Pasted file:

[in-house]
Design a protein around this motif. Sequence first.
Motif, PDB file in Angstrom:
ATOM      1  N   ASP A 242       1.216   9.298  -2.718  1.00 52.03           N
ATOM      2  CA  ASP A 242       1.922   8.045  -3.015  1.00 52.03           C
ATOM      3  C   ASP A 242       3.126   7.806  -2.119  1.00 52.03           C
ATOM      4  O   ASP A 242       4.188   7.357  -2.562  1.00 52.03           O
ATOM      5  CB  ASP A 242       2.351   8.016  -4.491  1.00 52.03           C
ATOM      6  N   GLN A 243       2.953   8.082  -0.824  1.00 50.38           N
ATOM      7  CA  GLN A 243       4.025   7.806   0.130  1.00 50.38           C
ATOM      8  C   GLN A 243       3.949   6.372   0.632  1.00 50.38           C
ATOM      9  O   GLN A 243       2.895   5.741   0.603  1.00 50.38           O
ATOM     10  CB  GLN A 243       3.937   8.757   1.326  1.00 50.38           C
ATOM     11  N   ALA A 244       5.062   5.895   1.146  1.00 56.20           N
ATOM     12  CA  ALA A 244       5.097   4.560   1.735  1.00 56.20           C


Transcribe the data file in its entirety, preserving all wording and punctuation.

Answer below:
[in-house]
Design a protein around this motif. Sequence first.
Motif, PDB file in Angstrom:
ATOM      1  N   ASP A 242       1.216   9.298  -2.718  1.00 52.03           N
ATOM      2  CA  ASP A 242       1.922   8.045  -3.015  1.00 52.03           C
ATOM      3  C   ASP A 242       3.126   7.806  -2.119  1.00 52.03           C
ATOM      4  O   ASP A 242       4.188   7.357  -2.562  1.00 52.03           O
ATOM      5  CB  ASP A 242       2.351   8.016  -4.491  1.00 52.03           C
ATOM      6  N   GLN A 243       2.953   8.082  -0.824  1.00 50.38           N
ATOM      7  CA  GLN A 243       4.025   7.806   0.130  1.00 50.38           C
ATOM      8  C   GLN A 243       3.949   6.372   0.632  1.00 50.38           C
ATOM      9  O   GLN A 243       2.895   5.741   0.603  1.00 50.38           O
ATOM     10  CB  GLN A 243       3.937   8.757   1.326  1.00 50.38           C
ATOM     11  N   ALA A 244       5.062   5.895   1.146  1.00 56.20           N
ATOM     12  CA  ALA A 244       5.097   4.560   1.735  1.00 56.20           C